Just as it’s begun to seem that the creative well from which dystopias are drawn has run dry, along comes Divine Love (Divino Amor).
More often than not, films about the future — particularly those in which society has altered in any significant way — conjure up bleak landscapes and brutal totalitarian regimes. Whether it’s The Hunger Games, Dredd, or The Maze Runner, each takes and runs with a relatively grimdark and harsh sensibility.
By contrast, Brazilian director Gabriel Mascaro’s vision of the future (which premiered at Sundance on the 25th) is filled with lush pinks, blues, and purples, as well as thrumming, catchy music to accompany the proceedings. Love has become the dominant force in Brazil in 2027, with the theocratic state-mandated celebration of “Supreme Love” (which takes the form of a huge, joyous rave) surpassing Carnaval as the most important holiday of the year. Instead of metal detectors at public buildings, scans are made for pregnancy, and confession and spiritual services can be accessed at drive-throughs.
Dira Paes stars as Joana, a notary who uses her position to try to help couples mend their marriages rather than going through with the divorce paperwork they bring her. Her devotion to the church of Divine Love and its ideals, however, is put under strain as she and her partner Danilo (Julio Machado) struggle to conceive. Has she done something wrong, or is God deliberately ignoring her prayers?
The atypical bent to Divine Love’s world-build means that the trope of exploring pregnancy in dystopias or otherwise inhospitable futures (Bird Box, the Alien series, A Quiet Place, etc.) is turned on its head, too. The film doesn’t shift into a survival story in the traditional sense; Joana is never in any direct danger of death, and neither is anyone around her, and Mascaro’s focus always remains on her relationship with her faith and the world around her. Without spoiling too much, the metaphorical bomb that eventually drops may not come as too much of a surprise given the film’s focus on religion (and unfortunately falls apart a little by the end of the film). However, it’s an apt device through which to examine the way the mandates set by any given religion can fall apart under closer inspection, or are easier said than done.
This is still a dystopia, and the bright colors mask something more insidious. Supreme Love, despite how freeing its raves and emphasis on love might seem, is a conservative party. Though never made explicit, it is suggested that homosexuality and abortion are forbidden, and the pressure that builds upon Joana’s shoulders quickly begins to feel oppressive. Even the lovemaking — of which there is a lot, as shouldn’t be surprising given the subject matter — has a clinical quality to it, even as it’s shot (by Diego Garcia) with an emphasis on sensuality.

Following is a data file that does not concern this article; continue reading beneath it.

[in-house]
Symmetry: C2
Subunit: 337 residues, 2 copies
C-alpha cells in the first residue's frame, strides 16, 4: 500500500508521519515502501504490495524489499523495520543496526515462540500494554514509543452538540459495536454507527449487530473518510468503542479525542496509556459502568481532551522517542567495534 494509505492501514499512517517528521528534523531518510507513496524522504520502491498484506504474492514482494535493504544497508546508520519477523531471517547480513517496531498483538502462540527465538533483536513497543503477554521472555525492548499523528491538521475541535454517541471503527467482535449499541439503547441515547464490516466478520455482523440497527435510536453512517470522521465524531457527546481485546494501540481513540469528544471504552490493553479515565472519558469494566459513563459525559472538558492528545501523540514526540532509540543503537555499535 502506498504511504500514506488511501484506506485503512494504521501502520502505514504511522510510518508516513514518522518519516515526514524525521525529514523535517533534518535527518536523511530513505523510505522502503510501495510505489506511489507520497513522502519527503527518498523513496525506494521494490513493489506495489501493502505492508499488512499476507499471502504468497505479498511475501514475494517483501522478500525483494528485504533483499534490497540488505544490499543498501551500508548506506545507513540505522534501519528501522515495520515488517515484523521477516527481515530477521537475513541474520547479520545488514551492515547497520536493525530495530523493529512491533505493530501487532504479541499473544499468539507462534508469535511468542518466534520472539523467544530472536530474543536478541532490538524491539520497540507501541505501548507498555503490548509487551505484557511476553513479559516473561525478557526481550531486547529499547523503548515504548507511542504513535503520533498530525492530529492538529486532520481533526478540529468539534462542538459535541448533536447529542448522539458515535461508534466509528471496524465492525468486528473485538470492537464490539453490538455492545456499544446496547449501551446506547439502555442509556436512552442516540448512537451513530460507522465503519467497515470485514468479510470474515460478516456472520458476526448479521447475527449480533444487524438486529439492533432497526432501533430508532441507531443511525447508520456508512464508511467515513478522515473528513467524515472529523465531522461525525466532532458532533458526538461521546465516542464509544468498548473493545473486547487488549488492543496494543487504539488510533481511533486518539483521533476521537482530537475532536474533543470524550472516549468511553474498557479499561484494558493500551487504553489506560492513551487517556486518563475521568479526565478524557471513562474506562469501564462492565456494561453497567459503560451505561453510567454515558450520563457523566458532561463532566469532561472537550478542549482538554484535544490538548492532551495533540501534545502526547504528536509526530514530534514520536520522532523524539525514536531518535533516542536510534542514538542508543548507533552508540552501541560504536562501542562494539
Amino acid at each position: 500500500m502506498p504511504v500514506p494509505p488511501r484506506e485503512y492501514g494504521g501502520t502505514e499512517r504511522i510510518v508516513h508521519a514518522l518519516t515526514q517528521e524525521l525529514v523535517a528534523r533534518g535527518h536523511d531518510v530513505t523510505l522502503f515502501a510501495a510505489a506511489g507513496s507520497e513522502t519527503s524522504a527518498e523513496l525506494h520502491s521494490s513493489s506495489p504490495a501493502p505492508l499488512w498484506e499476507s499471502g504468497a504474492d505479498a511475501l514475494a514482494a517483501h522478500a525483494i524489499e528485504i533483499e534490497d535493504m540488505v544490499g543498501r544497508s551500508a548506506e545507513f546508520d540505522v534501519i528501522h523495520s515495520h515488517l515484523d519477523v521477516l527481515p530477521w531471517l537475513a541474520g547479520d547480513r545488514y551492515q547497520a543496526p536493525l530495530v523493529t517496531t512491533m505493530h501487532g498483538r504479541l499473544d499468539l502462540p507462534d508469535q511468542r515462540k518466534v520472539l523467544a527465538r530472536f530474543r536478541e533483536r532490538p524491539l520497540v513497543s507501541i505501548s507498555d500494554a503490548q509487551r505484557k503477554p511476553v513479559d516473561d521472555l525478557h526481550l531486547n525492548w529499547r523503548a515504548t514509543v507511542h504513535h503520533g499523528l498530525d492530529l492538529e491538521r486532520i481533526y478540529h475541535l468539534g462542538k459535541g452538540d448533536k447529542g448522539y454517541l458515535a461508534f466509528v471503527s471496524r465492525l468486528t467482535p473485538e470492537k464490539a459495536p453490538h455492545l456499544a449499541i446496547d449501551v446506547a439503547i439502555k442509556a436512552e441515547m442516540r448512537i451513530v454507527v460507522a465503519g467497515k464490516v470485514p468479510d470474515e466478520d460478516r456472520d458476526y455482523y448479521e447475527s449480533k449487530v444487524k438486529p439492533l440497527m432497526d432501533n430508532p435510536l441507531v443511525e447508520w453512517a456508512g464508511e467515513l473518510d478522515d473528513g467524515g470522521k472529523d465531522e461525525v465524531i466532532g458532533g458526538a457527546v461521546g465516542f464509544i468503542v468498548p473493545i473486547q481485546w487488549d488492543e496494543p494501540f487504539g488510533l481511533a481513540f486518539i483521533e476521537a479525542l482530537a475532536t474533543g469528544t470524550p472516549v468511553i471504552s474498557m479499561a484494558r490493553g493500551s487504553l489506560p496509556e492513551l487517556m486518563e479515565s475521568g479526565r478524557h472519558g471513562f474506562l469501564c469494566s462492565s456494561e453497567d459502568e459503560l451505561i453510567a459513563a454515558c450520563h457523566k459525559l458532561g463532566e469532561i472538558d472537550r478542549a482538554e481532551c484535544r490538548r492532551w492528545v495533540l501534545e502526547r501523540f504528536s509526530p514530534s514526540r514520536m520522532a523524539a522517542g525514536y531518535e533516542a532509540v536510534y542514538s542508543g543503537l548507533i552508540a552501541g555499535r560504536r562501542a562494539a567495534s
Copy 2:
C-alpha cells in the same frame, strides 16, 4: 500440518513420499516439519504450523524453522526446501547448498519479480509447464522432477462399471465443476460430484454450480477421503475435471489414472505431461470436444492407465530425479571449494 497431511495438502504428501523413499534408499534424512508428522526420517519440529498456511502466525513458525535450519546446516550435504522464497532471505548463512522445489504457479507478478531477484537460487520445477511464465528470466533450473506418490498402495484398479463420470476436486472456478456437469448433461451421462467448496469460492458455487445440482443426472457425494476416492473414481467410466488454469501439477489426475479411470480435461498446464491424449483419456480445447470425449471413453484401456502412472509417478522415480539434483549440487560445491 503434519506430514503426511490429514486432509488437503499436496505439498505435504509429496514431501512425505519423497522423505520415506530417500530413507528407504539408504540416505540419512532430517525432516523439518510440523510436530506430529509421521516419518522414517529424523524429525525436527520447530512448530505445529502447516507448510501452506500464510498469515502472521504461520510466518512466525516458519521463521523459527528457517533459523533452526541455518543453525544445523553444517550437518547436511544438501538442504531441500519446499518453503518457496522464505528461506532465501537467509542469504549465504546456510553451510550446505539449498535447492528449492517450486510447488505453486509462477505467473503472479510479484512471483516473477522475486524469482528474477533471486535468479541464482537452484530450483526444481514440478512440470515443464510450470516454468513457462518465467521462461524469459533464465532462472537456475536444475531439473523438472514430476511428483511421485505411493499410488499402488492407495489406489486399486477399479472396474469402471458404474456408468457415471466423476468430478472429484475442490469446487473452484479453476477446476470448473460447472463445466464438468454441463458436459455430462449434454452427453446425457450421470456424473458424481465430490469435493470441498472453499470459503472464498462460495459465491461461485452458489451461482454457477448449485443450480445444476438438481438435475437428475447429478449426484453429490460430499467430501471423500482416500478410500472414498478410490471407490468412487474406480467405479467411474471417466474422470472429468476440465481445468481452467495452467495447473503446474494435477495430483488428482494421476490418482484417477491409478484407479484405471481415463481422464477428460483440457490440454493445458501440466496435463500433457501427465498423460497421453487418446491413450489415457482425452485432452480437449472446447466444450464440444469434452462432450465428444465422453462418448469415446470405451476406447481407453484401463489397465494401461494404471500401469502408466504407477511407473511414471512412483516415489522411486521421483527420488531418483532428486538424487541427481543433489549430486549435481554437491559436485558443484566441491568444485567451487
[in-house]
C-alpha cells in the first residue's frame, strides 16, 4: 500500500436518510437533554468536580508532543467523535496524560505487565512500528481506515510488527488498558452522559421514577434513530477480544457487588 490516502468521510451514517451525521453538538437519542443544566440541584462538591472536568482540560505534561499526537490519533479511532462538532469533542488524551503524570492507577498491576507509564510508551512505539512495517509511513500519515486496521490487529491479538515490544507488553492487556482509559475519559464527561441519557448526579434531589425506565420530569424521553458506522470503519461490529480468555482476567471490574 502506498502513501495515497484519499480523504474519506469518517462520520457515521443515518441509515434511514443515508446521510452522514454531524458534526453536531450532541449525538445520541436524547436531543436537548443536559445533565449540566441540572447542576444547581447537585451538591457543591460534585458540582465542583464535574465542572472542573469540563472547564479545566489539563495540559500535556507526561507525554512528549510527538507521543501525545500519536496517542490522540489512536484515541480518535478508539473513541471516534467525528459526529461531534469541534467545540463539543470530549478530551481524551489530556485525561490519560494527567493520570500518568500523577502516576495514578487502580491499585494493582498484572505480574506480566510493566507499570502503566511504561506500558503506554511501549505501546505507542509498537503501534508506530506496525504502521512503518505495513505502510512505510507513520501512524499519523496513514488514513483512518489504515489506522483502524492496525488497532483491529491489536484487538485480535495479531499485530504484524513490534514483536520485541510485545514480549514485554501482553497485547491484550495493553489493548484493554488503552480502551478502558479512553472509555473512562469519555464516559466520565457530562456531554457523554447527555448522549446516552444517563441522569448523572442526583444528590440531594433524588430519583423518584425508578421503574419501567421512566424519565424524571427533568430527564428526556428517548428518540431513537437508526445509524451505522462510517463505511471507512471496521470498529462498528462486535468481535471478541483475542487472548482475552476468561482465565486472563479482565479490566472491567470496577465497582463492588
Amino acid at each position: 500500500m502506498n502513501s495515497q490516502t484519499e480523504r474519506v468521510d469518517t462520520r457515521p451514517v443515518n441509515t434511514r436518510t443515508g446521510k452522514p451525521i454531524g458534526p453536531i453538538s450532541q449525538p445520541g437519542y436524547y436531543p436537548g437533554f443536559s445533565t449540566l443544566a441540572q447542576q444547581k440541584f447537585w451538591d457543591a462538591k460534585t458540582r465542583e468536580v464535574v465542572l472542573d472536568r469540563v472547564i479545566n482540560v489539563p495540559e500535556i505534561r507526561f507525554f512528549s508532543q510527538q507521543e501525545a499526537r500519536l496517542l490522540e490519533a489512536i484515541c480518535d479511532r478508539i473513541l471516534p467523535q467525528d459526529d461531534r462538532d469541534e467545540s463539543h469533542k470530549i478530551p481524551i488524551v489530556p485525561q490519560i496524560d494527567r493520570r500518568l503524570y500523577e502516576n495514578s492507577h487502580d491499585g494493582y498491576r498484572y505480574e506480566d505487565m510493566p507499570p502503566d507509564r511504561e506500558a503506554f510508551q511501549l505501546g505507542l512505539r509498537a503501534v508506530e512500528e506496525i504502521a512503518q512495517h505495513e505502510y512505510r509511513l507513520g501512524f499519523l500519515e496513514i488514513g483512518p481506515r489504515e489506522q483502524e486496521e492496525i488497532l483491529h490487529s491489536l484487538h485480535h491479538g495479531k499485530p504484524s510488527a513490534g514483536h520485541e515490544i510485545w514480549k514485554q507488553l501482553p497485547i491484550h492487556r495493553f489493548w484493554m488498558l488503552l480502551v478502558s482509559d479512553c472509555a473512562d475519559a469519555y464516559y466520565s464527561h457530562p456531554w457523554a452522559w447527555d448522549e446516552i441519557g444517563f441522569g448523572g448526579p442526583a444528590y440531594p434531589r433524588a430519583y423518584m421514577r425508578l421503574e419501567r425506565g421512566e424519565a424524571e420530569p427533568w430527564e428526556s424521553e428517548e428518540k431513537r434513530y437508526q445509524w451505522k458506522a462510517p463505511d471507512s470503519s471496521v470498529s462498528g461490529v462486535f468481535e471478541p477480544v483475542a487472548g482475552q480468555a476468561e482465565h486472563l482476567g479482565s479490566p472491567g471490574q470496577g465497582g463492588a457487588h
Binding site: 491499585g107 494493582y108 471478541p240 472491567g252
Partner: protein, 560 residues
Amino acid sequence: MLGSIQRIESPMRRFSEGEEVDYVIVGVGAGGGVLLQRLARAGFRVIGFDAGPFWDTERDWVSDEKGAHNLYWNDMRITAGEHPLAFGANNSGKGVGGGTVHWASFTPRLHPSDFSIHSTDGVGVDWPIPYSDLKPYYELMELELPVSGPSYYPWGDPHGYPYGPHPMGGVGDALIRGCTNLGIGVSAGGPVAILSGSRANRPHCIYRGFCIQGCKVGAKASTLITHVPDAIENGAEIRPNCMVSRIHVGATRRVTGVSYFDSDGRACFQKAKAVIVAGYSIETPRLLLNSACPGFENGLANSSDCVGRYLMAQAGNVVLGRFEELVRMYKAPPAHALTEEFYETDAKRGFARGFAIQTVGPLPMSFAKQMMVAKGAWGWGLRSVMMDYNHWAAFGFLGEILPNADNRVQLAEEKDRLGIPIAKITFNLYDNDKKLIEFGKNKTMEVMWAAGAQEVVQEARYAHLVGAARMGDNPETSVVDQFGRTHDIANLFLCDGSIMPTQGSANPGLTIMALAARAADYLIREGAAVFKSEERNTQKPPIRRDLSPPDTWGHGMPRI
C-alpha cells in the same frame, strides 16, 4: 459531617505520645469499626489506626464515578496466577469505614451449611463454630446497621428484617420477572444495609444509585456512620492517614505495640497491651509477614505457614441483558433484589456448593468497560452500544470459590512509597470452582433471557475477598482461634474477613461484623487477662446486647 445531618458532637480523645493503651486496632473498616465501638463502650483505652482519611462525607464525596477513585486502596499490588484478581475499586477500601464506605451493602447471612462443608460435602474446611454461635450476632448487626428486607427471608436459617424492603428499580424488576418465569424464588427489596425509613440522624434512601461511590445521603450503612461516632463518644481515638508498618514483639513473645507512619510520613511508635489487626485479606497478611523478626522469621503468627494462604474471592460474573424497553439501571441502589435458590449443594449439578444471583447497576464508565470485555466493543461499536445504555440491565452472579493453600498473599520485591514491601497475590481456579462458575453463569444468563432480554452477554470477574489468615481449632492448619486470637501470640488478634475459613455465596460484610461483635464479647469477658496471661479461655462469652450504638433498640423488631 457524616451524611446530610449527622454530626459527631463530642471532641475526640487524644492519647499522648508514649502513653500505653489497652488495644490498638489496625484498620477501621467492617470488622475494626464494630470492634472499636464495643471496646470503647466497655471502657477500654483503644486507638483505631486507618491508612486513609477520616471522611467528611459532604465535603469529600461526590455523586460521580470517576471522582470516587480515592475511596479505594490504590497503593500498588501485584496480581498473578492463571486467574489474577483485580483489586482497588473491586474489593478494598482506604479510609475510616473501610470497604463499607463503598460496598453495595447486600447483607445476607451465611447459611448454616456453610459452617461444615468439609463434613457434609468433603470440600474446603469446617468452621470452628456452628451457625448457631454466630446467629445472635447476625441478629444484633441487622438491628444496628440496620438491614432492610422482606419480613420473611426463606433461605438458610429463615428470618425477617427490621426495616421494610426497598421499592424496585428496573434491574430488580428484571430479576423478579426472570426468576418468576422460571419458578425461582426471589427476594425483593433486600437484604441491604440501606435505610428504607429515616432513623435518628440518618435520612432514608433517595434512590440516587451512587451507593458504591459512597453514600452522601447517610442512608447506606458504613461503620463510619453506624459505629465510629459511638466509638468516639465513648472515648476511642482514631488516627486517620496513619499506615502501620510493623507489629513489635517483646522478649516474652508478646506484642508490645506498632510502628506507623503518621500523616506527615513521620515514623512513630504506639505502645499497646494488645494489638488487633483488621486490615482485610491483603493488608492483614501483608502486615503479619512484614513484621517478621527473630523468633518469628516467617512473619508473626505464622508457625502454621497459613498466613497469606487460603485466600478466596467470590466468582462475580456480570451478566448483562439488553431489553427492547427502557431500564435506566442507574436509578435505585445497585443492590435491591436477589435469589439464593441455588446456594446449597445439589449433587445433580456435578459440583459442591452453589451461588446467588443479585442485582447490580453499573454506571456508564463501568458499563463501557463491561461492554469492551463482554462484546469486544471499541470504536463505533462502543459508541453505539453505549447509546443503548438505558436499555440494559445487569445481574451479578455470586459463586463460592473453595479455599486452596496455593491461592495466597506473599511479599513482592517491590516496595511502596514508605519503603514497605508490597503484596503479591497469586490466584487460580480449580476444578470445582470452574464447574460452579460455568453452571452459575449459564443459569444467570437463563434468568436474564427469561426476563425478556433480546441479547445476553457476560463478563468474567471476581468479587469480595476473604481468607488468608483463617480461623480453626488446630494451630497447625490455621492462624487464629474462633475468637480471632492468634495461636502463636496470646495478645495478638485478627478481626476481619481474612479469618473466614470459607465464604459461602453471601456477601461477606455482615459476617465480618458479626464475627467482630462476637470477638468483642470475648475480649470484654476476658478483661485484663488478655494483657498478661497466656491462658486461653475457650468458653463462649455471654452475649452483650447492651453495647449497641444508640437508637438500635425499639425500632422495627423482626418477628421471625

What makes it eerier is that Mascaro is also taking the temperature of contemporary Brazil, as the conservative, religious ideology of Supreme Love isn’t too different from that of the country’s current elected leaders. (In a move more dystopian than anything in Divine Love, the recently elected president, Jair Bolsonaro, announced in December his plan to abolish the country’s human rights ministry in October, and appoint a conservative evangelical pastor to lead a ministry to oversee the “Ministry of Women, Family and Human Rights” instead.) That touch of real-life allegory also makes Divine Love more impressive, as it’s executed so naturally — and without ever overwhelming Joana’s place at the center of the story — that it never feels like it’s being obvious or preachy.
Joana’s faith does not make her weak or thoughtless (and who wouldn’t want to subscribe to the idea that love is all-powerful?). Mascaro isn’t interrogating people’s need for and comfort in religion so much as inspecting the way it can fail or confound those who rely upon it given its inherent contradictions, and the way in which the personal and political can intersect and clash. If anything, Mascaro is kinder than he needs to be in relation to the political climate he’s reflecting.
It’s all carried magnificently by Paes, who pulls the film along even as the material she’s working with grows thinner and thinner. She shines throughout, particularly as Joana struggles with the way her devotion seems to be going unrewarded. 2027 Brazil feels like a dream — missives to God fill up LED screens at raves and the drive-through confessional booths include neon lights and pop hymns — but Joana, in her alternating selfishness and (attempted) selflessness, feels real.
What’s novel about Divine Love is undercut by its conclusion, which swings a little too wide when it comes to hitting thematic marks, but the film is still remarkable for building a dystopia and addressing a multitude of well-worn themes in a way that feels utterly fresh. Nothing that Mascaro is tackling is necessarily new; the key is that his approach is.